It might be weird to think about molecules as expressing "handedness." After all, molecules don't have hands. But there is a class of organic molecules known as chiral molecules that can be thought of as being either left-handed or right-handed, similar to the way we favor one appendage over the other.

Basically, chiral molecules with different handedness will share the same chemical structure, but with different geometries. They're essentially arranged as mirrors of one another, in such a way that they're non-superposable. So it's impossible to flip one to make it match the other.

"When you shake somebody's hand, your right hand shakes another right hand, and it forms that nice, interlocking gesture; if you try to shake a left hand with your right hand it's a little awkward because the interaction is different," explained Brett McGuire, a researcher at the National Radio Astronomy Observatory in Virginia. "Chiral molecules work the same way."

These molecules aren't just peculiar for their geometric diversity, but they're actually essential to all life on Earth. Even stranger, most chiral molecules exist largely in a single formation on Earth, even though when you create them chemically from scratch, both varieties will form. So for some bizarre reason, life on Earth seems to have a preference for left-handed chiral molecules.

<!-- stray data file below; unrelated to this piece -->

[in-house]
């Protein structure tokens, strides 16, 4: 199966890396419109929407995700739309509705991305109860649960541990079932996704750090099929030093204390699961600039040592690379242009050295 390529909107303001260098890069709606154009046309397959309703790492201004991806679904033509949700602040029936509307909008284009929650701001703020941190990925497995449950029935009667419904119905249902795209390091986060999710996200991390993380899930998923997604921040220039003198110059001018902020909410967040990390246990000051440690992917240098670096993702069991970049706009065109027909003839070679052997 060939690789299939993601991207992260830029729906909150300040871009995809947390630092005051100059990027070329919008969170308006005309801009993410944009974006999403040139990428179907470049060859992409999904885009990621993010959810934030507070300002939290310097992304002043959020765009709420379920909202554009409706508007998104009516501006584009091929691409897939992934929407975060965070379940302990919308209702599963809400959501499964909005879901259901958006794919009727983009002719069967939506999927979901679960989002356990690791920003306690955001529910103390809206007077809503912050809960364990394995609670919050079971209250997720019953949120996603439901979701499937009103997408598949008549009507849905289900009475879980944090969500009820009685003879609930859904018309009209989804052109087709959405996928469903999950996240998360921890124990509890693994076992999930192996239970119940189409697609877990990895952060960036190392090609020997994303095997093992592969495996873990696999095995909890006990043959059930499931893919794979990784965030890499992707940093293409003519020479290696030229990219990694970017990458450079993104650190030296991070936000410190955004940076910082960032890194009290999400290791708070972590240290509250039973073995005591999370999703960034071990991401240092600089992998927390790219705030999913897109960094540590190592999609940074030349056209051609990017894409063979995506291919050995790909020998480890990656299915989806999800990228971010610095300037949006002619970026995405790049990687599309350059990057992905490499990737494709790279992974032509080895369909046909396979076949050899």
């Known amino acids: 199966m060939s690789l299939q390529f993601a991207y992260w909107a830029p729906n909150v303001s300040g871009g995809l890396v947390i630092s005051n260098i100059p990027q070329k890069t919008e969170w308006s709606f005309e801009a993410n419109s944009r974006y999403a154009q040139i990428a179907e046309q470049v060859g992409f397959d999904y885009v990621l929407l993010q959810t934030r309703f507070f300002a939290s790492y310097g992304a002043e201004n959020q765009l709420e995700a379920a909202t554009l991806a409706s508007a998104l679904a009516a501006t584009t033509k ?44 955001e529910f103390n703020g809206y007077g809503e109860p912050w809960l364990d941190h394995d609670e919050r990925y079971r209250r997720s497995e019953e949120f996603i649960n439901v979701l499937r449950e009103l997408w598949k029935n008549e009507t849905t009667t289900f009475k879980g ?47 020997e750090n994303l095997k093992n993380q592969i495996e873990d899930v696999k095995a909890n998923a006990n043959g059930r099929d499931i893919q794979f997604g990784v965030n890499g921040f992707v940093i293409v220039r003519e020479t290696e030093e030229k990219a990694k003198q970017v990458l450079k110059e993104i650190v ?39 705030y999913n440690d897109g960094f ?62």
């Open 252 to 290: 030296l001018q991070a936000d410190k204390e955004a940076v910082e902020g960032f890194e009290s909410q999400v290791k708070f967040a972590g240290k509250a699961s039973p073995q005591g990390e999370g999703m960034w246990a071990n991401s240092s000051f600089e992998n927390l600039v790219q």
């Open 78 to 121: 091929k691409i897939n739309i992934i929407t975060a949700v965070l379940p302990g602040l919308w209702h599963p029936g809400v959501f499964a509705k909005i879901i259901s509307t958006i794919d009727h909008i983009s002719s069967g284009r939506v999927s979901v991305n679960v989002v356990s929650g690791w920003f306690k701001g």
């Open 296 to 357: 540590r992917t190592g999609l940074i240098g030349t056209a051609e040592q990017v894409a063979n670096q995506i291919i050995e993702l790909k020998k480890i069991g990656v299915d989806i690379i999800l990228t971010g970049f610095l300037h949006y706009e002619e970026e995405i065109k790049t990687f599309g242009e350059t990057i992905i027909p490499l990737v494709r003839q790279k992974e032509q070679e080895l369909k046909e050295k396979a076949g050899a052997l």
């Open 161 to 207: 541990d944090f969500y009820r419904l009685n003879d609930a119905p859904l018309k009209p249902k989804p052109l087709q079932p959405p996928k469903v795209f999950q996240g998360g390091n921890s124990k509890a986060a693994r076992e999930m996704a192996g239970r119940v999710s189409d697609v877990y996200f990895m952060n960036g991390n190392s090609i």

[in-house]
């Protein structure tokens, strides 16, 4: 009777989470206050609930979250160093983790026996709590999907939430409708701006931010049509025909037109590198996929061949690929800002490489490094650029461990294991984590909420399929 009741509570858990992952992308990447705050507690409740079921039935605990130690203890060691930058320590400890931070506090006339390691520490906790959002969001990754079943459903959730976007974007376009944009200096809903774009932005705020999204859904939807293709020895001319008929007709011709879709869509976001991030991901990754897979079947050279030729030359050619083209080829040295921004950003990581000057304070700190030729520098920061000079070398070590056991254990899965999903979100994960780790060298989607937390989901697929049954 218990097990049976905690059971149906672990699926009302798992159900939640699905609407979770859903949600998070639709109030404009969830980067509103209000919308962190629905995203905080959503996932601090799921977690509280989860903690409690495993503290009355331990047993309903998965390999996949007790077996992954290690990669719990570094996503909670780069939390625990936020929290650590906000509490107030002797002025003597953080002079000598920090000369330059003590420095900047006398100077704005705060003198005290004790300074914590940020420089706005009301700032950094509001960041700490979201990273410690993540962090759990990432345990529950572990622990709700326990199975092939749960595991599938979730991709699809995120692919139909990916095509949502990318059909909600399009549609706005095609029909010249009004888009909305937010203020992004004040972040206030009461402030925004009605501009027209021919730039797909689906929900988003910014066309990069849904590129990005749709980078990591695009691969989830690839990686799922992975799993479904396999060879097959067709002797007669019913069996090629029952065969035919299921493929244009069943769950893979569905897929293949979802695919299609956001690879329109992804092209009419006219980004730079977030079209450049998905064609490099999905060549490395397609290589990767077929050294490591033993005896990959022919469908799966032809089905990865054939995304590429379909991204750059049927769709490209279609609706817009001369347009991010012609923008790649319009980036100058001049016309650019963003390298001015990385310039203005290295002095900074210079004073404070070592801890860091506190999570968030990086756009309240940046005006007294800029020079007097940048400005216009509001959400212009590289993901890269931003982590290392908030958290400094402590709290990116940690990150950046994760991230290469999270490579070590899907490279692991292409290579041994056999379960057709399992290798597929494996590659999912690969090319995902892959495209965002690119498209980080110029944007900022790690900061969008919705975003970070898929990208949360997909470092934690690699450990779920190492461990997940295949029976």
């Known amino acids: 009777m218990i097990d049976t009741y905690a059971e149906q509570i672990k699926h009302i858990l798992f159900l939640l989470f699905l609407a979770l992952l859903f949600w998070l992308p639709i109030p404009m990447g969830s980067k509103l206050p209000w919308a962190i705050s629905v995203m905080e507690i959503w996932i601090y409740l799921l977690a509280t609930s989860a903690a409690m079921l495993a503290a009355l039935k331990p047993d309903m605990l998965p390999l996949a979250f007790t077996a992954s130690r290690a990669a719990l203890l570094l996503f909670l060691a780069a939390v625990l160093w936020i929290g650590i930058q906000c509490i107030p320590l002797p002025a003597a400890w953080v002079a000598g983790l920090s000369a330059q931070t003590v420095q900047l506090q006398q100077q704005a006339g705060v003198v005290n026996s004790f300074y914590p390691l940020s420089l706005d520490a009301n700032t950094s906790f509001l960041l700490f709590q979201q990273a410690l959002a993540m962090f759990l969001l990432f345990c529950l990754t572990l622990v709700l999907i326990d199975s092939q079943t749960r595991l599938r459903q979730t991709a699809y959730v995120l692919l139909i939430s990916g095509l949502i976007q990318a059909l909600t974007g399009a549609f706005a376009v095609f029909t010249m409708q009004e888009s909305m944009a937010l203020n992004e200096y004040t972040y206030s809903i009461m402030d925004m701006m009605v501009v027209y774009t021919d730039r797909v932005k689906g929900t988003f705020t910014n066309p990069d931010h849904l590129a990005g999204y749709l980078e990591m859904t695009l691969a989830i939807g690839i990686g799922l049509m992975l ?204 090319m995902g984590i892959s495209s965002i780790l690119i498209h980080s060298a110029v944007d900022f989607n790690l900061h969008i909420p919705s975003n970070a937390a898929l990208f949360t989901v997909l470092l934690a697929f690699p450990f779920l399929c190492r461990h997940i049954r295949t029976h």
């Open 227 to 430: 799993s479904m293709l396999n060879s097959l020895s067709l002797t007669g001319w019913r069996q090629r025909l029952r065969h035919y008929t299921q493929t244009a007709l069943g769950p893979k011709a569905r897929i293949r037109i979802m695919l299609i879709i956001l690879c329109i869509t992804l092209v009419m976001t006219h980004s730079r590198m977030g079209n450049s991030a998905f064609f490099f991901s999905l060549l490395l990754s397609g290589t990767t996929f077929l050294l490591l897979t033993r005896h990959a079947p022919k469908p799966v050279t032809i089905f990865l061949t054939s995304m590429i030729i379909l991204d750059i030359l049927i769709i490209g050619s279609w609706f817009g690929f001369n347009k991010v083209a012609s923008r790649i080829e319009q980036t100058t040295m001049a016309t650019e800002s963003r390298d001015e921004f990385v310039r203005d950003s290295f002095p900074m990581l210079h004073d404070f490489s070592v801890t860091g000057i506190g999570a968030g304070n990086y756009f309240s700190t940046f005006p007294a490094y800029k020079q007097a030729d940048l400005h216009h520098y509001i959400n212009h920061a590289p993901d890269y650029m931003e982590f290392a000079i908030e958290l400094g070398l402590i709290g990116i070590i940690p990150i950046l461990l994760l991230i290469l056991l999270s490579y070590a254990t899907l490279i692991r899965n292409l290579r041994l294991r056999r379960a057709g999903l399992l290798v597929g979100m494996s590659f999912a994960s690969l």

Scientists aren't entirely sure why this is so, but some important clues might lie in a recent discovery, which found that chiral molecules essential to life on our planet can also be found in deep space, in regions near the center of the Milky Way, reports Space.com.

"This [discovery] is going to provide us with a laboratory to try to test theories about the role that chiral molecules played in the origins of life here on Earth and how that chirality might play a role in the origins of life elsewhere in the galaxy," said McGuire, who also co-authored on the study.

The research pinpointed the presence of the chiral molecule propylene oxide within a distant star-forming cloud of gas called Sagittarius B2 using the National Science Foundation's Green Bank Telescope in West Virginia and the Parkes radio telescope in Australia. Though the measurements don't yet indicate whether these distant molecules are right- or left-handed, future studies should be able to make that discernment.

If they do turn out to be predominantly left-handed, it could help explain life's preference here on Earth. If even a slight preference is found for left-handedness in the depths of the galaxy, perhaps life on Earth just glommed on to this bias and ran with it.

"If we want to understand where and how this started... we have to look at the gas clouds where these molecules formed from," explained Brandon Carroll, another co-author of the study.

Such a galactic bias could be unique to our Milky Way, and it's possible that alien lifeforms throughout our galaxy could also share our Earthly preference for left-handed chiral molecules. It's interesting to think about — a sort of chemical brotherhood that might exist, unifying all neighboring life.